Quoll seeking in South East Queensland continues

Quoll camera set-up, Sunshine Coast

4 June 2024

Wildlife Queensland’s Quoll Seekers Network continues its search for northern and spotted-tailed quolls in South East Queensland. Although camera surveys failed to record any spotted-tailed quolls on five private properties in Logan West last year, the hunt continues on the Sunshine Coast Hinterland.

Recognising quolls this Endangered Species Day

17 May is Endangered Species Day, a day to celebrate, learn about, and take action to protect threatened and endangered species. The spotted-tailed quoll, known locally as the tiger quoll (Dasyurus maculatus), and the northern quoll (Dasyurus hallucatus) are both listed as endangered nationally and have become increasingly rare in Queensland. These carnivorous marsupials have suffered due to habitat loss, competition with other predators, and the impact of invasive species.

Quolls are notoriously tricky to spot in the wild and prefer dense vegetation and rocky outcrops. Wildlife Queensland’s Quoll Seekers Network (QSN) has employed various innovative methods to track these animals. These include baited remote cameras and teams of scent-detection dogs active across key areas in South East Queensland.

QSN installs camera traps in Hinterland

As part of a community survey project, project officers installed infrared cameras in remote sections of the Sunshine Coast Hinterland’s national parks these past few months. This area historically served as a thriving habitat for both quoll species. Today, however, the spotted-tailed quoll is rarely seen in coastal South East Queensland, and the northern quoll has not been recorded in the area since the 1990s.

“Confirming the presence of either of these two species would be an incredible discovery and would let us create specific plans to protect and grow their populations,” says Wildlife Queensland Projects Manager Matt Cecil.

The project, which spans six to eight large protected areas, also aims to involve the local community. Volunteers from the local area will assist with camera set-up, retrieval, and data analysis through a specially developed online platform. This collaborative approach helps raise awareness and encourages public reporting of quoll sightings.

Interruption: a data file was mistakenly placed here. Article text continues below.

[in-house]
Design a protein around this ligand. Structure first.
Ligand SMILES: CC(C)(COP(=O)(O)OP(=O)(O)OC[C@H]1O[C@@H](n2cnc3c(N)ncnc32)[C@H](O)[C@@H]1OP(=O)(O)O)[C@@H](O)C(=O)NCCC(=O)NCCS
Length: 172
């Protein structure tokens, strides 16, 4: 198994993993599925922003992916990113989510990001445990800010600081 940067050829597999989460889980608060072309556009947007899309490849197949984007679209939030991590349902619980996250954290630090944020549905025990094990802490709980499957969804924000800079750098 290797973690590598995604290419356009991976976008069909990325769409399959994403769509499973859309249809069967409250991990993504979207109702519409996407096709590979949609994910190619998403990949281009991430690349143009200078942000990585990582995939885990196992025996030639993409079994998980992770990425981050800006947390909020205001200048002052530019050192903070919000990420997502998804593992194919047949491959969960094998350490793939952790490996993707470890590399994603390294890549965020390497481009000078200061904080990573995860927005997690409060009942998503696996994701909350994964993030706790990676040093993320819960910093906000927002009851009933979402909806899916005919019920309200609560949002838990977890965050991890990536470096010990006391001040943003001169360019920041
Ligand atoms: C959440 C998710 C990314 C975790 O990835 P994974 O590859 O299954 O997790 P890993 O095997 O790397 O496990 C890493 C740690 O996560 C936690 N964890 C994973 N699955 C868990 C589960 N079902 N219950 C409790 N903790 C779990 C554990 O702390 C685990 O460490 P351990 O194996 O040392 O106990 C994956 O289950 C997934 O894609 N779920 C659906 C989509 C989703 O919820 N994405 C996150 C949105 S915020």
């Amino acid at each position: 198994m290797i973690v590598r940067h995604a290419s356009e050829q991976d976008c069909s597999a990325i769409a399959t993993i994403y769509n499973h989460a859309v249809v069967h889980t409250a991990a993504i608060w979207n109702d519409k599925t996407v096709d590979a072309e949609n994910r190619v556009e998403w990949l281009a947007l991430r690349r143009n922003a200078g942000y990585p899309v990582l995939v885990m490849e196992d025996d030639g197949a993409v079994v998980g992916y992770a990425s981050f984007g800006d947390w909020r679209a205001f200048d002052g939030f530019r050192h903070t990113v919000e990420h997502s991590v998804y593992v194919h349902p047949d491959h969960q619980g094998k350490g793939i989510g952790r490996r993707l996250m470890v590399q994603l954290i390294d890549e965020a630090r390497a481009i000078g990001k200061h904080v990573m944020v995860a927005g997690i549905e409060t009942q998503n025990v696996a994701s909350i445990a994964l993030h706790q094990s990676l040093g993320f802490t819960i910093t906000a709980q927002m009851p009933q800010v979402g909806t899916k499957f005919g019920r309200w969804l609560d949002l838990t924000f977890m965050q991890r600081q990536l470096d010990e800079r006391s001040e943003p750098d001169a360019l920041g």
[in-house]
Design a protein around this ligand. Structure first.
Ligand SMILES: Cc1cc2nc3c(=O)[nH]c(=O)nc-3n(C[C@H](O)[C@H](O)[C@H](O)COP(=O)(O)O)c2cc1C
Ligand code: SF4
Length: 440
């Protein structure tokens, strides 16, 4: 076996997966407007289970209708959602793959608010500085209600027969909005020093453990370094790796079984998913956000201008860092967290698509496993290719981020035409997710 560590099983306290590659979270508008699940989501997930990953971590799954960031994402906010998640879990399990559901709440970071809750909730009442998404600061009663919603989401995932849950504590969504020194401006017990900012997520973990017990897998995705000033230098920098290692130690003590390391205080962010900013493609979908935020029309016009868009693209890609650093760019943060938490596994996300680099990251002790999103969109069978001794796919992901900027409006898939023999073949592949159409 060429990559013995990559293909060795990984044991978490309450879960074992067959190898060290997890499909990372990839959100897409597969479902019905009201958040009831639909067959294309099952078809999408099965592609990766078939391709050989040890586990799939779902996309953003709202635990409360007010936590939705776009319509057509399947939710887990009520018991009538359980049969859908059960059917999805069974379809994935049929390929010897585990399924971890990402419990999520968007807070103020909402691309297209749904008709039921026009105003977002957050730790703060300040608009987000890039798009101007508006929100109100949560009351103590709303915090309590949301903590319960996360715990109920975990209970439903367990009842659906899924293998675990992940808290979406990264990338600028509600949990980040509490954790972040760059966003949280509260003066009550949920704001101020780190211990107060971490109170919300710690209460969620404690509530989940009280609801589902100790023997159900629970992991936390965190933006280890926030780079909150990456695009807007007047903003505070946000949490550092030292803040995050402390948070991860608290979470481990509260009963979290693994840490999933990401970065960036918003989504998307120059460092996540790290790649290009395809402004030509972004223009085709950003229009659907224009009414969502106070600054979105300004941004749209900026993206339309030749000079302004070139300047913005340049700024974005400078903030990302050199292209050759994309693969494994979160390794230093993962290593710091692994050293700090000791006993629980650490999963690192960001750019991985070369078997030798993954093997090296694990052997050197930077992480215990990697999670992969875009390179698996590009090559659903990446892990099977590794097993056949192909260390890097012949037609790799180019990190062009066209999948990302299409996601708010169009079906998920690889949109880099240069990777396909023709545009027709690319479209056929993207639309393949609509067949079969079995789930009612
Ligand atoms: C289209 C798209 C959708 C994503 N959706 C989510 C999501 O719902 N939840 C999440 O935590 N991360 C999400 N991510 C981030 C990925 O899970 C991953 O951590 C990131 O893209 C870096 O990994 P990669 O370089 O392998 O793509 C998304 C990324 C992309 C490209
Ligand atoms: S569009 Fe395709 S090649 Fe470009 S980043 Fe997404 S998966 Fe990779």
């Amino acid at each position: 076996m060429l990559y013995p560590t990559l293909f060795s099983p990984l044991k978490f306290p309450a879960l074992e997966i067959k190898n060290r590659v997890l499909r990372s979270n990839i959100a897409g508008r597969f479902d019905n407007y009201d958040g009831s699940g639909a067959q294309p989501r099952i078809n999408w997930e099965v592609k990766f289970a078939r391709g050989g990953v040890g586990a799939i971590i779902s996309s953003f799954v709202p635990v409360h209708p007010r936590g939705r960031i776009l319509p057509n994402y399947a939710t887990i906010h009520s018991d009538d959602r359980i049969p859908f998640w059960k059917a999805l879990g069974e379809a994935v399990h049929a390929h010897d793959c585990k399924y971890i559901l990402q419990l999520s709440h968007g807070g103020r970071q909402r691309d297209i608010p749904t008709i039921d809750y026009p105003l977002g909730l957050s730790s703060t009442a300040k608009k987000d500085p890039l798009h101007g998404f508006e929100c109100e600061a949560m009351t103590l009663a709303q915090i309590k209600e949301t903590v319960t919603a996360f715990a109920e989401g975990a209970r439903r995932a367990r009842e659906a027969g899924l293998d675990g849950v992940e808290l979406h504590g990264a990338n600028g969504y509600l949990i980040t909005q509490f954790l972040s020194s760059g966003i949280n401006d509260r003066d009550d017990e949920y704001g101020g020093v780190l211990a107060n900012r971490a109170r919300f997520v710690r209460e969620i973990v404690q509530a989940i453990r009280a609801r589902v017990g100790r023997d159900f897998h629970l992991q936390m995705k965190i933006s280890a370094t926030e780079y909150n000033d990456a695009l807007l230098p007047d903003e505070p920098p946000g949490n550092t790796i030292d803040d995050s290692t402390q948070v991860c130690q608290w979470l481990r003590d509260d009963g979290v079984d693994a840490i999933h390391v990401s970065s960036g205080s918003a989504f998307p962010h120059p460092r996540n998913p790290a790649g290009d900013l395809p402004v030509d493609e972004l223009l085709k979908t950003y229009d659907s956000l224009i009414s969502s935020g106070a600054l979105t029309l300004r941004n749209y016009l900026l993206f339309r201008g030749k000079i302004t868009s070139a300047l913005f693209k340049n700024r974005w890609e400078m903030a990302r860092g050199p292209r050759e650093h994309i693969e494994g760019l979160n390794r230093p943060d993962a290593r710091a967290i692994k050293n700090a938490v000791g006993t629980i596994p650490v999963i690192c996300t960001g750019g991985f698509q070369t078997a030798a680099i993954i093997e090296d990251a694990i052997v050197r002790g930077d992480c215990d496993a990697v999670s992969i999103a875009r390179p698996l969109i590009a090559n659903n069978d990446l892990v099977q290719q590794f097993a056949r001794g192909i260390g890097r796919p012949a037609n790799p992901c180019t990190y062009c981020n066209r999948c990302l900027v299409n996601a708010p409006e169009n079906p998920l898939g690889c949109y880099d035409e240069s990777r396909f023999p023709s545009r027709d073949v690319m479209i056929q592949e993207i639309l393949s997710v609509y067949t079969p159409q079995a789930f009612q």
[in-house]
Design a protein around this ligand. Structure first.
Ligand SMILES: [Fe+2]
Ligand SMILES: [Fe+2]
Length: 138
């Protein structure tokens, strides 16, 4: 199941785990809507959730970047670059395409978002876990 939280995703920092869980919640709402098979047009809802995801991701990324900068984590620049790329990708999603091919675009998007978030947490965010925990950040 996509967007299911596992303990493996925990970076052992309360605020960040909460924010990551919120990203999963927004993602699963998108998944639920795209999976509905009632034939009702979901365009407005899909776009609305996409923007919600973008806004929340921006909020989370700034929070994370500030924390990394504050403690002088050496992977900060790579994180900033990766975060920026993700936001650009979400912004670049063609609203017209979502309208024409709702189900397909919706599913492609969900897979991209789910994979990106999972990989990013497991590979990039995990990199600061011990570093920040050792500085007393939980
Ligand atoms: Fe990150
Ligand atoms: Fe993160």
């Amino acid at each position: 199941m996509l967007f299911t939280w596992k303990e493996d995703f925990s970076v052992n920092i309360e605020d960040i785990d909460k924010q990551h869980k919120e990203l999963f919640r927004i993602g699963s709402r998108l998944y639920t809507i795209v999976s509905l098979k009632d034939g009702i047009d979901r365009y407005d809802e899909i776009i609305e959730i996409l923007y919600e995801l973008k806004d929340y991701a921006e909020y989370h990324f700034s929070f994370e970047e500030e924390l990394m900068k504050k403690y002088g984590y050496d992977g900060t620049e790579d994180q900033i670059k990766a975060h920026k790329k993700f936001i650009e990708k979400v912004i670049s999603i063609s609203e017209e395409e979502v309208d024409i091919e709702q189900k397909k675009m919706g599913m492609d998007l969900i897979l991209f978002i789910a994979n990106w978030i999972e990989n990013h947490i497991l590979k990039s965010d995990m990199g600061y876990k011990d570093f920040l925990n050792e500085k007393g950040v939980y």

Further community engagement is planned through two Quoll Discovery Day workshops. These events are designed to increase local knowledge about the quolls and the techniques used to study them, fostering a community that is well-informed and enthusiastic about local wildlife conservation efforts.

Funded by the Queensland Government Community Sustainability Action grant program, this initiative represents a crucial effort to preserve Queensland’s natural heritage. The ongoing commitment of QSN offers hope not only for the quolls’ survival but also for the broader biodiversity of the region.

New spotted-tailed quoll joins Alexandra Park Zoo

Mac the spotted-tailed quoll.

Mac the spotted-tailed quoll. Image: Alexandra Park Zoo

Mac the spotted-tailed quoll.

Mac the spotted-tailed quoll. Image: Alexandra Park Zoo

In further quoll news, a new resident has arrived at Alexandra Park Zoo in Bundaberg: Mac, a young spotted-tail quoll. Born in a breeding program at Halls Gap Zoo in Victoria, Mac joined Alexandra Park Zoo in March. Named after his scientific name, Dasyurus maculatus, Mac is a six-month-old quoll who already weighs 1.63 kg and could grow up to 5.8 kilograms like his father.

Mac is highly energetic and inquisitive, providing zoo visitors with an engaging display of his active nature. As a nocturnal carnivore, Mac enjoys a diet of rodents and quail, which aligns with his natural eating habits.

Mac’s presence at the zoo is crucial for educational purposes, as the species is native to the Bundaberg Region. The zoo staff are excited to have Mac and look forward to showcasing the different life stages and behaviours of this fascinating species. He follows in the footsteps of Crunchy, a former zoo resident who lived a long life of five years and five months.

With free entry, visitors can meet Mac at Alexandra Park Zoo from Wednesday to Sunday, 9:30 am to 4:30 pm. The zoo is also open daily during Queensland school holidays.

What you can do

  • Download the Landholders guide: Saving the Spotted-tailed Quoll.
  • Learn more about Wildlife Queensland’s Quoll Seekers Network.
  • Report a quoll sighting.
  • Subscribe to our eBulletin Talking Wildlife to learn more about your local wildlife, plus Wildlife Queensland’s latest news, offers and events.

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